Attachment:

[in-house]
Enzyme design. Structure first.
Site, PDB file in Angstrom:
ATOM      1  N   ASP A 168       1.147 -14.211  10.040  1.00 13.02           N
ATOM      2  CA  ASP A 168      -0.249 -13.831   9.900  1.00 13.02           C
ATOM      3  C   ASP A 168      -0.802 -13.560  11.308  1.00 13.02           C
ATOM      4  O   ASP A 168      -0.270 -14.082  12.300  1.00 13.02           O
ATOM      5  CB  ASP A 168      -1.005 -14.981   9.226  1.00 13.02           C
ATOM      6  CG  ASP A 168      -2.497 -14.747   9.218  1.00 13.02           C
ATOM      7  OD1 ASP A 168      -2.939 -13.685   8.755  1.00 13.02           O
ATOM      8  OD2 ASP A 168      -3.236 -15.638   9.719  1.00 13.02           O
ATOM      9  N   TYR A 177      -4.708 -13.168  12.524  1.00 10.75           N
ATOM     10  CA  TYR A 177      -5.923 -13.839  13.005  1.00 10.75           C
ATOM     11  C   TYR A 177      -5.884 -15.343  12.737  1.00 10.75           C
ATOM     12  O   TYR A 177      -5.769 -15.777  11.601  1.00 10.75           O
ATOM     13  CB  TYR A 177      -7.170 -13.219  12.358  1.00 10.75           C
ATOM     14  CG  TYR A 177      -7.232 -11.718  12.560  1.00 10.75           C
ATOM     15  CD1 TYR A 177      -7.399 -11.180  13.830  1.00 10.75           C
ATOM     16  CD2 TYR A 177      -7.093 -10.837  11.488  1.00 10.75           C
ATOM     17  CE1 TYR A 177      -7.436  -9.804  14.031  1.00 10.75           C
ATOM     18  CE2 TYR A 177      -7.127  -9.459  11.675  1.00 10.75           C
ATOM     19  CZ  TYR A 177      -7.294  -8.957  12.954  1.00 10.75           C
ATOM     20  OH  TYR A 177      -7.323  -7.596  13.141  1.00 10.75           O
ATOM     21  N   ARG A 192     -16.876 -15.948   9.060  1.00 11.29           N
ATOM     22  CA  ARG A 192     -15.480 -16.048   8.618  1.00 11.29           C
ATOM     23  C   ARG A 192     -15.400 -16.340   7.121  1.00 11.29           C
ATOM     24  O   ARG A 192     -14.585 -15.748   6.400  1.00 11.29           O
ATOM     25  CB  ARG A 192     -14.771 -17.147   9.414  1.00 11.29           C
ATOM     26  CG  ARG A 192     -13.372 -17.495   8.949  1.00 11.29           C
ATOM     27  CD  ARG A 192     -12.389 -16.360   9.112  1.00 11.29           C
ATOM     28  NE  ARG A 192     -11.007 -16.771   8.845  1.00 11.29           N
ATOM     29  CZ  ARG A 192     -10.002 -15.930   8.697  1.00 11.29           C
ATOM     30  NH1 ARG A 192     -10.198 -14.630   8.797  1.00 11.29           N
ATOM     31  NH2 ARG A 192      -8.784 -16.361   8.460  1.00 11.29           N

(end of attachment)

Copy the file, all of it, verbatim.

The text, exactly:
[in-house]
Enzyme design. Structure first.
Site, PDB file in Angstrom:
ATOM      1  N   ASP A 168       1.147 -14.211  10.040  1.00 13.02           N
ATOM      2  CA  ASP A 168      -0.249 -13.831   9.900  1.00 13.02           C
ATOM      3  C   ASP A 168      -0.802 -13.560  11.308  1.00 13.02           C
ATOM      4  O   ASP A 168      -0.270 -14.082  12.300  1.00 13.02           O
ATOM      5  CB  ASP A 168      -1.005 -14.981   9.226  1.00 13.02           C
ATOM      6  CG  ASP A 168      -2.497 -14.747   9.218  1.00 13.02           C
ATOM      7  OD1 ASP A 168      -2.939 -13.685   8.755  1.00 13.02           O
ATOM      8  OD2 ASP A 168      -3.236 -15.638   9.719  1.00 13.02           O
ATOM      9  N   TYR A 177      -4.708 -13.168  12.524  1.00 10.75           N
ATOM     10  CA  TYR A 177      -5.923 -13.839  13.005  1.00 10.75           C
ATOM     11  C   TYR A 177      -5.884 -15.343  12.737  1.00 10.75           C
ATOM     12  O   TYR A 177      -5.769 -15.777  11.601  1.00 10.75           O
ATOM     13  CB  TYR A 177      -7.170 -13.219  12.358  1.00 10.75           C
ATOM     14  CG  TYR A 177      -7.232 -11.718  12.560  1.00 10.75           C
ATOM     15  CD1 TYR A 177      -7.399 -11.180  13.830  1.00 10.75           C
ATOM     16  CD2 TYR A 177      -7.093 -10.837  11.488  1.00 10.75           C
ATOM     17  CE1 TYR A 177      -7.436  -9.804  14.031  1.00 10.75           C
ATOM     18  CE2 TYR A 177      -7.127  -9.459  11.675  1.00 10.75           C
ATOM     19  CZ  TYR A 177      -7.294  -8.957  12.954  1.00 10.75           C
ATOM     20  OH  TYR A 177      -7.323  -7.596  13.141  1.00 10.75           O
ATOM     21  N   ARG A 192     -16.876 -15.948   9.060  1.00 11.29           N
ATOM     22  CA  ARG A 192     -15.480 -16.048   8.618  1.00 11.29           C
ATOM     23  C   ARG A 192     -15.400 -16.340   7.121  1.00 11.29           C
ATOM     24  O   ARG A 192     -14.585 -15.748   6.400  1.00 11.29           O
ATOM     25  CB  ARG A 192     -14.771 -17.147   9.414  1.00 11.29           C
ATOM     26  CG  ARG A 192     -13.372 -17.495   8.949  1.00 11.29           C
ATOM     27  CD  ARG A 192     -12.389 -16.360   9.112  1.00 11.29           C
ATOM     28  NE  ARG A 192     -11.007 -16.771   8.845  1.00 11.29           N
ATOM     29  CZ  ARG A 192     -10.002 -15.930   8.697  1.00 11.29           C
ATOM     30  NH1 ARG A 192     -10.198 -14.630   8.797  1.00 11.29           N
ATOM     31  NH2 ARG A 192      -8.784 -16.361   8.460  1.00 11.29           N